A day after the draft, for a second consecutive season the Seattle Seahawks’ efforts were mostly panned by draft analysts around the league.
Those same pundits thought that Seattle reached in selecting James Carpenter in the first round and fellow offensive lineman John Moffitt in the third round last year.
And the feeling is the same about Seattle’s selection this year of West Virginia pass rusher Bruce Irvin in the first round, and Wisconsin quarterback Russell Wilson in the third round.
“The Seahawks went bonkers and picked Bruce Irvin at 15,” said Chris Burke of Sports Illustrated, who gave Seattle’s efforts in the draft a “C” grade. “Could he develop into a solid pass-rusher? Sure, but this was a spit-take inducing selection.”
Longtime draft analyst ESPN’s Mel Kiper echoed Burke’s comments, and gave Seattle a “C-minus,” tied for the lowest grade among the 32 teams.
“Let’s be clear: I think the Seahawks drafted guys they really wanted, and with a plan in mind for how to use them,” Kiper Jr. said. “They moved down once, and may have gotten worried that someone would take Bruce Irvin late in the first round if they didn’t get him at No. 15.
“Again, you have to find the right dance partner to move around the board. But we’re still talking about a player I had a late second-round grade on. I wouldn’t be surprised if Irvin gets 10 sacks in 2012, but that’s really his game. He’s not a three-down player yet.”
Rob Rang, senior draft analyst for NFLDraftScout.com, also joined the chorus of draft pundits questioning Seattle’s effort, giving the Seahawks a “C” grade.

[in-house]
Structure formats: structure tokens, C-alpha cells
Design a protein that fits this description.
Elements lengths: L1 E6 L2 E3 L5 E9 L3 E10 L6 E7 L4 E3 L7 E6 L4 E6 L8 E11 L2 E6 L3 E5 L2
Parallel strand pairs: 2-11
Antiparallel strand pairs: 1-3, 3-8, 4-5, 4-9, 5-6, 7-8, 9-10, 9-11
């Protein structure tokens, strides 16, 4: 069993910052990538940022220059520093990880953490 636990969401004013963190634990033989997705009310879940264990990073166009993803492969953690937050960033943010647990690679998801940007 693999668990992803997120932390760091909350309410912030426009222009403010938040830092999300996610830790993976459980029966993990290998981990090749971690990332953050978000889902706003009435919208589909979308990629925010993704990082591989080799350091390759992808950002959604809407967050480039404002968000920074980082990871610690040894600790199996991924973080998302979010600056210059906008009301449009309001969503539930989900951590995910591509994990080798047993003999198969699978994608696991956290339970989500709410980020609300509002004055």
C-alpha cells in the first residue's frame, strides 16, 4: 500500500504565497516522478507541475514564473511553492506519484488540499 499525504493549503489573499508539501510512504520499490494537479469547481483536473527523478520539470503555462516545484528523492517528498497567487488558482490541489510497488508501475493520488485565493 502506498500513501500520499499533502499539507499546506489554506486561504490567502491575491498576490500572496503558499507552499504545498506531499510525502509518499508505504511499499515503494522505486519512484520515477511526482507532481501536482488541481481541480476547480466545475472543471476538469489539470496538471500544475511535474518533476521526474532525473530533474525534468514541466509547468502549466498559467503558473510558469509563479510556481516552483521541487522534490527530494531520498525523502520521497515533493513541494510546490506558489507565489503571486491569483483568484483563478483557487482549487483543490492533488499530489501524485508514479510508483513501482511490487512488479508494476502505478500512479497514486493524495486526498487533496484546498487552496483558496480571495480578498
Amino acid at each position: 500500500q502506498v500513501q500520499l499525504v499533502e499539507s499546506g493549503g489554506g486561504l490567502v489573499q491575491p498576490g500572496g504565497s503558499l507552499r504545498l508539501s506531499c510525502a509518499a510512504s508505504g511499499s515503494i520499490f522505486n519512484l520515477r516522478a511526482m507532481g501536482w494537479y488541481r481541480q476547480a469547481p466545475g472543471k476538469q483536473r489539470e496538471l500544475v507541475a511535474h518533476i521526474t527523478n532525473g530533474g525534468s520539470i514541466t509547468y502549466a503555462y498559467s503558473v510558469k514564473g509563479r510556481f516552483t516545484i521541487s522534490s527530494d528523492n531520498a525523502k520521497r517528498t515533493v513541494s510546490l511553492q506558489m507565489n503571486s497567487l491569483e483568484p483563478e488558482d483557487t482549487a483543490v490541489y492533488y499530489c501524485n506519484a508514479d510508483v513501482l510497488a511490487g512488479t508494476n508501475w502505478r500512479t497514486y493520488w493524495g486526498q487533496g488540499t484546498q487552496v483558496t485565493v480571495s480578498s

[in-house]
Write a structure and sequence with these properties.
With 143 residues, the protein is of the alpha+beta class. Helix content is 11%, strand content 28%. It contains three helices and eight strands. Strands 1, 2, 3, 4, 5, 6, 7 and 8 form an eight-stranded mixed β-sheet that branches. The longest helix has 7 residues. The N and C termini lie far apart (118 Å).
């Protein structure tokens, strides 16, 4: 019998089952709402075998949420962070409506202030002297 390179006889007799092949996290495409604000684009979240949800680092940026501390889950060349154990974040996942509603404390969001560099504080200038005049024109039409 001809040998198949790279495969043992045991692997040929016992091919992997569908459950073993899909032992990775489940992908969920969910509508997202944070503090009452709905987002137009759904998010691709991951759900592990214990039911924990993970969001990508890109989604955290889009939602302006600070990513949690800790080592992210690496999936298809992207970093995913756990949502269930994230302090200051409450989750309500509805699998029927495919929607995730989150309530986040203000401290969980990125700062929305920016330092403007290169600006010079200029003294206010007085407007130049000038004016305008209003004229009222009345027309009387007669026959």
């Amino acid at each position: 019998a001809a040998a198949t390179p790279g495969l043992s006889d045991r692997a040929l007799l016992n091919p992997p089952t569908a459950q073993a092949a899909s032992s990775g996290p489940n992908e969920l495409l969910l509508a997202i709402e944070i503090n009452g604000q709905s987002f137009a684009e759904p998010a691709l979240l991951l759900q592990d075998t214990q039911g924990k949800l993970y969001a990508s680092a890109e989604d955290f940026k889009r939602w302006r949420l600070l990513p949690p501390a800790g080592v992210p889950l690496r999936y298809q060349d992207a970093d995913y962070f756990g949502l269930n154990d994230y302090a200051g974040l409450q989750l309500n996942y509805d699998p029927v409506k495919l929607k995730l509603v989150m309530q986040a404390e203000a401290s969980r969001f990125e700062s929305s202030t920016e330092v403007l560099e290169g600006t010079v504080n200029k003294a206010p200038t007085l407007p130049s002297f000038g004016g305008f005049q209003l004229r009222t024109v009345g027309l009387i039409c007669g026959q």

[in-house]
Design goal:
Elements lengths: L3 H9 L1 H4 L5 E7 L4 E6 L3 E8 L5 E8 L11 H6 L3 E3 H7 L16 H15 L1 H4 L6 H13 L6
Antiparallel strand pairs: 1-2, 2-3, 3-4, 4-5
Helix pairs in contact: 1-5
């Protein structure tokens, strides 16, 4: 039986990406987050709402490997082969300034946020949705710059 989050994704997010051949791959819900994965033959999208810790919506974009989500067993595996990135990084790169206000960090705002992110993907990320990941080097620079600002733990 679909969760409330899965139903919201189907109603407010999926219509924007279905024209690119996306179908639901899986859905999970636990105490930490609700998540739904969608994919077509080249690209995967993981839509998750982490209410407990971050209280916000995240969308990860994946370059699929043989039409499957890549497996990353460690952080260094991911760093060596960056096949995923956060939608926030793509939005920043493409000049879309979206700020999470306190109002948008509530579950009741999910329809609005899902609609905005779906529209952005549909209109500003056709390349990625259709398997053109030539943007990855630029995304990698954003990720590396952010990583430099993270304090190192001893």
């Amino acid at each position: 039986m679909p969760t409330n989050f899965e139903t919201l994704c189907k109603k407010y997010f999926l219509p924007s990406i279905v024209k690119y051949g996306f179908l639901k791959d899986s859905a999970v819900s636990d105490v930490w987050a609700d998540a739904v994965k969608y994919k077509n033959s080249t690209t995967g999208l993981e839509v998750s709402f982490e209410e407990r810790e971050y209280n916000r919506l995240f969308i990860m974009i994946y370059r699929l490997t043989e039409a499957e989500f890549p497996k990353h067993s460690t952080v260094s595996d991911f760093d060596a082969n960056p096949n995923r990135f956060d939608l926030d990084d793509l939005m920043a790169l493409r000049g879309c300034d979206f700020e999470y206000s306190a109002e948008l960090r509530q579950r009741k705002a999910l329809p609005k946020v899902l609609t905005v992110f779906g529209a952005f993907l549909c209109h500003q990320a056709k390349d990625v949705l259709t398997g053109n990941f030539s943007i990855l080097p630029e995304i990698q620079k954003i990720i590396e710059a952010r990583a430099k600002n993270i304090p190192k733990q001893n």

“Drafting a specialist at No. 15 is a stretch but despite boasting a very good defense on first and second down a year ago, Seattle’s lack of pass rush has killed them in recent years,” Rang said. “Few will call Irvin’s pick a reach a year from now if he ranks among the rookie leaders in sacks.”
Rang said upon further reflection, the Seahawks may have deserved a higher grade. At issue is the Seahawks were looking for prospects to play specific roles because Carroll believes Seattle is close to being a Super Bowl contender.
“They selected players with very unique traits that are very intriguing,” Rang said. “But at the same time, they’re definitely raw. So they’re going to have to coach these guys up, and Pete’s good at that. They’re going to have to turn these guys into something that they haven’t demonstrated in the past.
“There’s some roll of the dice, so to speak. It’s just going to be interesting to see if these players can take advantage of it.”
No one exemplifies the gambler mentality of Carroll more than Wilson. With Matt Flynn and Tarvaris Jackson already on the roster, some wondered why Seattle would take a 5-foot-11 quarterback in the third round.
“Russell Wilson is a great test case for shorter QBs, because he has everything else, but did they need him in the third round after grabbing Matt Flynn to come in and likely start?” Kiper said.
Said draft analyst Tony Pauline of Sports Illustrated, “Wilson is destined to sit behind newly-signed Matt Flynn and will struggle to see the field at any point over the next three years.”
Rang was more encouraged by Seattle’s drafting of Wilson.
“To me with Russell Wilson, if you are going to invest in a quarterback at that height, then he has to be off the charts in every single other category, and honestly, I think he is,” Rang said. “I love him.
“I know that Pete Carroll doesn’t usually go for small quarterbacks. It’s wasn’t his M.O. at USC, where all of his quarterbacks were 6-2 or taller.
“But he’s got the arm. He’s got the accuracy. He’s got the intelligence and the mobility. He’s got everything else you’re looking for. I’m convinced that if he’s 2 inches taller, he’s a first-round pick for sure, and likely a top-10 pick. And unlike Ryan Tannehill (who went No. 8 overall to Miami), he deserves it.”Eric D. Williams: 253-597-8437 Eric.email@example.com blog.thenewstribune.com/seahawks